The same thing about drinking.  In historical novels, I feel like every hero is running around with a snifter of brandy and a cheroot.  Or some other libation.  But if the average hero in a contemporary or a romantic suspense was turning to liquor all the time, I wonder if I'd find him as heroic.

In historicals right now, there's a glut of courtesans and mistresses.  Lightskirts practically trickle from their pages.  I have one in my MS.  But I rarely see a prostitute as a heroine in contemporary novels.

Why do you think it's okay--from a reader acceptance standpoint--for some things to be in one genre but not in another?  Sometimes, I think that it might be because we attribute historical settings with very clear patriarchal constructs.   Perhaps, to readers, it's okay for men to turn to gambling or drink.  Maybe, if a woman turns to prostitution, it seems more understandable because she has less control over her situation.

There are authors who buck these trends, of course.  JR Ward had a contemporary prostitute heroine, for example.  But these are exceptions, not norms.

Does this bother you?  Are there other differences in genre that you notice?  Some you like, some you think are necessary or unnecessary?



Tuesday, April 5, 2011

Be the Heroine of Your Story

I fretted that this post would get me keelhauled or tossed overboard.  I almost chickened out and took the safe route.  But this is a pep talk for me as much as anyone else, so if anyone's feathers start to get all ruffly, smooth 'em down now.  You should know by now I blog about stuff that applies to ME.

Yes, it's always about me.

And here's what I want to know: why are we so afraid all the time when it comes to writing?

I want to figure out why we're so fearful of failure, and success, and all the other things involved with our creative endeavors.  

I understand that writing is hardwired to a lot of emotional hot buttons. I know I'm not the only one who has experienced the crippling doubts, the angst of wondering if I've tapped myself out, the wailing at the injustice of having a desire to write and a skill that can waver depending on my confidence level.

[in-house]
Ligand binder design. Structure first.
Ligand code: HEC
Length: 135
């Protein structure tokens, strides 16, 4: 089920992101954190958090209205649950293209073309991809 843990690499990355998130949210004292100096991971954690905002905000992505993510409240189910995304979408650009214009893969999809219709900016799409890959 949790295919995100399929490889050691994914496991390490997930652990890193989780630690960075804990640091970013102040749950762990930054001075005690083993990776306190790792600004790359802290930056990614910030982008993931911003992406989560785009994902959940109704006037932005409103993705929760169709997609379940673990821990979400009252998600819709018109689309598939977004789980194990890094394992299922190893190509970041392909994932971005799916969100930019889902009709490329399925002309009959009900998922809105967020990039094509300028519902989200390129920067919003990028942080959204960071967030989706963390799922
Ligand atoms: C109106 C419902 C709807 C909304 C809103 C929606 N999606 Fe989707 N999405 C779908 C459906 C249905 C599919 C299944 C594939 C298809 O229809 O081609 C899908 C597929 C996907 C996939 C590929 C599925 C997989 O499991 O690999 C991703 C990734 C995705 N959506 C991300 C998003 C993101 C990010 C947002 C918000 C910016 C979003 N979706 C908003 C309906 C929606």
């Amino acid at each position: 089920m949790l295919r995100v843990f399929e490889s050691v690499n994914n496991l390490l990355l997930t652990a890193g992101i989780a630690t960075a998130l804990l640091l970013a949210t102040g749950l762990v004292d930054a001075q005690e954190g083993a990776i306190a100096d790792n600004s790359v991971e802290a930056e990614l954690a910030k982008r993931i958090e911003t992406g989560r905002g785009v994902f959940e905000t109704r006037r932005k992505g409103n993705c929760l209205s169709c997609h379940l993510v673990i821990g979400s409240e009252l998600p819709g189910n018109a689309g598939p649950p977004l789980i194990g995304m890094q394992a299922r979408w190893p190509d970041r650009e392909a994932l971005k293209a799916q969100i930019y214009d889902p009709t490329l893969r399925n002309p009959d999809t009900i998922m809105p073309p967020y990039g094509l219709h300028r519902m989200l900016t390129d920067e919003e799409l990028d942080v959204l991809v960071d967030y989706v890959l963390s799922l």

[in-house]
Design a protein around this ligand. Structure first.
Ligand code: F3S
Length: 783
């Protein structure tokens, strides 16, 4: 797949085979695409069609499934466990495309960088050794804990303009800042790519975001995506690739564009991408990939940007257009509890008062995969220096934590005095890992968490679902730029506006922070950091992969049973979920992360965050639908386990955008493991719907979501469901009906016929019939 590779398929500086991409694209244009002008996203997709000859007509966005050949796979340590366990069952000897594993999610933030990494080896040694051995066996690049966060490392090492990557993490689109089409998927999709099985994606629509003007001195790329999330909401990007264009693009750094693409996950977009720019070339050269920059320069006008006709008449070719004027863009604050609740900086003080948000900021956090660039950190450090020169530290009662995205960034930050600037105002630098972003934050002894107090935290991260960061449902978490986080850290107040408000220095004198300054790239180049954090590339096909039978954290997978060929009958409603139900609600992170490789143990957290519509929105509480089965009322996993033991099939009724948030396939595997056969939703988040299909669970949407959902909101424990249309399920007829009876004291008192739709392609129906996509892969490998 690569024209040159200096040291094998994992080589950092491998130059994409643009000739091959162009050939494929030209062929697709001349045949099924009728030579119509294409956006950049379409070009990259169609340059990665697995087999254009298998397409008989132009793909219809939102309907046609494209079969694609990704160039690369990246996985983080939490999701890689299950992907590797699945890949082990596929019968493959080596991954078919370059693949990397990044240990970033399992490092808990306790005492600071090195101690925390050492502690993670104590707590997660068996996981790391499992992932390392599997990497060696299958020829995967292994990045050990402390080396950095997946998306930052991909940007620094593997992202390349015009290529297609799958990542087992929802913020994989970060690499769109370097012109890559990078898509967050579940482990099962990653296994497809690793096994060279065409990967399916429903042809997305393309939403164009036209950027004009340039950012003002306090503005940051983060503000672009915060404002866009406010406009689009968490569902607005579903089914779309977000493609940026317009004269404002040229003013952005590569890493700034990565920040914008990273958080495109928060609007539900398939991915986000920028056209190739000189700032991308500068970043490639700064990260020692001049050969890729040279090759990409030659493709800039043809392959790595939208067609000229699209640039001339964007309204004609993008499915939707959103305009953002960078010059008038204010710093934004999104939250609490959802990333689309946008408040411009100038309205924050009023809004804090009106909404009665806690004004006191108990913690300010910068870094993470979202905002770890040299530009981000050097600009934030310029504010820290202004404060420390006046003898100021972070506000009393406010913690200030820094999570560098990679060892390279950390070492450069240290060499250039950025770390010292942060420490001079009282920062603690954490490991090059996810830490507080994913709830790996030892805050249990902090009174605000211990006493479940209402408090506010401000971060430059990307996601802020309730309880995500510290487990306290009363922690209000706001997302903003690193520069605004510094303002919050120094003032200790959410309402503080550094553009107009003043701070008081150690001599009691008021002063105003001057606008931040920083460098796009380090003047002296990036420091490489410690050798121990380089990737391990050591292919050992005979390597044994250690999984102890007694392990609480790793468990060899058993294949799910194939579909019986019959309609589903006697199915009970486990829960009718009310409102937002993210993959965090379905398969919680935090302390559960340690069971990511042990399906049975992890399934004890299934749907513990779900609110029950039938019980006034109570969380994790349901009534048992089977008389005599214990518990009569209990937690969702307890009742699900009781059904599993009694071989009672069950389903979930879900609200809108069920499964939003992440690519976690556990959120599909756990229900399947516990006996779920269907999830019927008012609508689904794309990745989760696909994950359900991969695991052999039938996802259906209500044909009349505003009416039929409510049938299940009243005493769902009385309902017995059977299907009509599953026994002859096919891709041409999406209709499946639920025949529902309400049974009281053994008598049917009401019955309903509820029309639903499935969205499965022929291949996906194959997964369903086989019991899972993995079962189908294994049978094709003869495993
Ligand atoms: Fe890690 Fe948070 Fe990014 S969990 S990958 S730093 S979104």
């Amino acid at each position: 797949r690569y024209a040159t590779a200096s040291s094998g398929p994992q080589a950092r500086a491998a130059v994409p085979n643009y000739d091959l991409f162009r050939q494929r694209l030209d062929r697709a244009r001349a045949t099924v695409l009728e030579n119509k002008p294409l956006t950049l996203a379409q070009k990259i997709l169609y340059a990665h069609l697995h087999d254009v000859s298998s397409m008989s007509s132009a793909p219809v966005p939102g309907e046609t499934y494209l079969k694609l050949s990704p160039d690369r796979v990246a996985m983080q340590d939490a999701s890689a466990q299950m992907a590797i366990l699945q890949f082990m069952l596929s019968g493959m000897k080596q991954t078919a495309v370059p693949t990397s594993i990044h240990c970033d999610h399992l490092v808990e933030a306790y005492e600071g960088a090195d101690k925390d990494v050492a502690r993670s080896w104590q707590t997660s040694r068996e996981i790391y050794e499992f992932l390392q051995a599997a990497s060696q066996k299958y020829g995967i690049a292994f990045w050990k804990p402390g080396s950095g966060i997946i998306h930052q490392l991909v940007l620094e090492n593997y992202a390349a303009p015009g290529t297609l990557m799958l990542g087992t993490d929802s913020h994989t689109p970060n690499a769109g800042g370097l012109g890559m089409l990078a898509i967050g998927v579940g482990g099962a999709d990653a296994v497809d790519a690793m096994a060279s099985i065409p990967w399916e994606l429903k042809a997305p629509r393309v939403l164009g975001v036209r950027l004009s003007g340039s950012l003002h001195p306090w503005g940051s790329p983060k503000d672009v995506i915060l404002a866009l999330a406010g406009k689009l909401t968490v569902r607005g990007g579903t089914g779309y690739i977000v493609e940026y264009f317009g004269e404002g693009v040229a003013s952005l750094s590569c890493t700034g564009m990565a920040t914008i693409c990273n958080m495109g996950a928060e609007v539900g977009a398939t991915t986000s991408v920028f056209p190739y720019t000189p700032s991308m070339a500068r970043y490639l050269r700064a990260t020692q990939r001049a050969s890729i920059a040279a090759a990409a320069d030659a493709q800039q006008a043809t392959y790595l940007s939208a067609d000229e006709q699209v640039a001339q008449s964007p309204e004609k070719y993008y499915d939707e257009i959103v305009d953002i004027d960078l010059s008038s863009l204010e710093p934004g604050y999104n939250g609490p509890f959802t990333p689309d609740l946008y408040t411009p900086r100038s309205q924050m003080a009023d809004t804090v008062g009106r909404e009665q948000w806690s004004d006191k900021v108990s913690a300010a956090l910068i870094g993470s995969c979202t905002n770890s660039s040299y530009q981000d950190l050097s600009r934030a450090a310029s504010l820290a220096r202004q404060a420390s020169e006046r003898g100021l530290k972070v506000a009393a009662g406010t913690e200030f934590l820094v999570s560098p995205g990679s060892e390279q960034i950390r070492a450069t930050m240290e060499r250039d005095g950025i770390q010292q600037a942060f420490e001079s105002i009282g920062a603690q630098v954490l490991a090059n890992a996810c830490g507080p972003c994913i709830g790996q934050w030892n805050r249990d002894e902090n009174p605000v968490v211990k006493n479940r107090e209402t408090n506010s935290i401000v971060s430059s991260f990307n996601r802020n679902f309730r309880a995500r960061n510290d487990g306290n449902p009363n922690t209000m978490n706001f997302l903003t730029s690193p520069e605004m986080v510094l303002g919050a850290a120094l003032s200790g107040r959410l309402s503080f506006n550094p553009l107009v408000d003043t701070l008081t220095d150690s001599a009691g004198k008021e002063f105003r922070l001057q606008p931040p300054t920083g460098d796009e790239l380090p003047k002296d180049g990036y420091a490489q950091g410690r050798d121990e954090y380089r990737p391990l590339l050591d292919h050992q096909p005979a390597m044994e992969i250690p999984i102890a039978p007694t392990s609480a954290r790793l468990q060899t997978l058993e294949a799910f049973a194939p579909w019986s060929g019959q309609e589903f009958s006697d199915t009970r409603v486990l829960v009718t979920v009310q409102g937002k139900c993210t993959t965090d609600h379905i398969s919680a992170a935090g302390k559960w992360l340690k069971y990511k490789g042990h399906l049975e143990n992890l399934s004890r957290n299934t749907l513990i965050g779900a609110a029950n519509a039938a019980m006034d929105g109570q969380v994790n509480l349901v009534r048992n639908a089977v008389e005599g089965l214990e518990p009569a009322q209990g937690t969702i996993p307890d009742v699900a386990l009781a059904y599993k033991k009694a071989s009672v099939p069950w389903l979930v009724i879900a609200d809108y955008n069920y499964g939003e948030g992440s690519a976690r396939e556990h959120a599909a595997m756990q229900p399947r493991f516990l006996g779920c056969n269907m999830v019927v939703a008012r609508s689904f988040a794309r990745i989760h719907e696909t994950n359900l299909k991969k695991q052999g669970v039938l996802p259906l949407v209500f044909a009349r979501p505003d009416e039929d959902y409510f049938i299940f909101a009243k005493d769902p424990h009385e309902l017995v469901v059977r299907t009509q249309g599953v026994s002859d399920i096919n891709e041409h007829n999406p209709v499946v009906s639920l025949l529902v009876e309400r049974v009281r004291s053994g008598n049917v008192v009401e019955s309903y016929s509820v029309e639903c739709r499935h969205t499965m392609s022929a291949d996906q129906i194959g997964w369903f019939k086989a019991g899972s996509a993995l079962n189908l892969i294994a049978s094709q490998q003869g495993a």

Like others, I've felt the elation of a contest final or win, which had been preceded by fear of having my entry eviscerated by the judges. I've enjoyed the giddiness of getting a request for a partial or full manuscript, after the pain of getting yet another rejection on those same things from someone else. I've congratulated myself for getting closer to making my dream come true, while wondering if I shouldn't have picked an easier, more attainable one.

Fear often wins the battle, because it is sneaky, and insidious, going straight for the tender spots we've willingly exposed.  Yet we forget that our creative drive is powerful too.  We need to stop tamping it down, and grab onto it so we can unleash it on the world.

What would we do if we read a book where the heroine complains that it's too hard to go after her goal, or she's too afraid, or that she doesn't have time to pursue her dreams? We'd break our arm hurling that book across the room. And then we'd pick it up with the bones poking through the skin to throw it again.

It's time to be the heroine of OUR story.  This is our only shot at it.  We can't revise the past, or edit the outcome, but we can create the day-to-day aspects, deciding what it is we will do with our ration of 24 hours.  It won't be easy, but what else in your daily life is easy?  I'll guess it's usually the stuff that bores the crap out of you.

You know you have heroic qualities, but so few opportunities to actually use them. But now you can. You can inspire those around you with your ability to do something that you fear, that you find challenging, yet you press forward anyway, not knowing if you will succeed, but determined to attempt it because of that powerful inner drive. 

I think of all the things I did that weren't easy when I first tried them.  Was it easy to walk? Nope.  It would have been easier to sit on my ass and have everyone bring me stuff. Was it easy to learn a second language? Heck no. I should have been content with the first one I learned.  Was it easy to learn how to type? Yeesh. It was so hard, I was sure I would flunk out of my typing class, but now I type over 100 words/minute.

So why did I keep doing all these things? Because I wanted to do it more than I worried about being bad at it. I didn't want to miss out on things that interested me. I didn't want to go through life knowing my tombstone would be etched with the words, "She was too afraid to try".

Let's think of some of the things we've struggled with, and how we dusted ourselves off and got back up to try again. I'll start. You all know how much I hate to reveal personal details, so that should tell you how strongly I believe in this topic.

It took me two tries to get my learner's permit, and I came close to failing the driving portion of the test when I zoomed through a light 20 feet from the end of the test. The mean officer said if he'd looked up and it was red instead of yellow I would have failed.  The funny part is I fretted for weeks and practiced like a madwoman over the parallel parking, because I was positive THAT is what I would fail. I did it flawlessly for the test (and have struggled with it ever since).

I didn't pass the bar exam the first time I took it. I missed by 12 points, which is essentially one point per question. This was a grueling, two-day, eight-hours-each-day, all-essay exam—something you only want to have to do once--and it wasn't even my dream to be a lawyer. I was devastated when I didn't pass, because I thought my entire future hinged on that. It didn't. I passed it the second time, stayed in that career for 15 years and then decided it wasn't for me anymore.

I could list others, but if I do, you won't ply me with free drinks in the hopes I'll spill more secrets.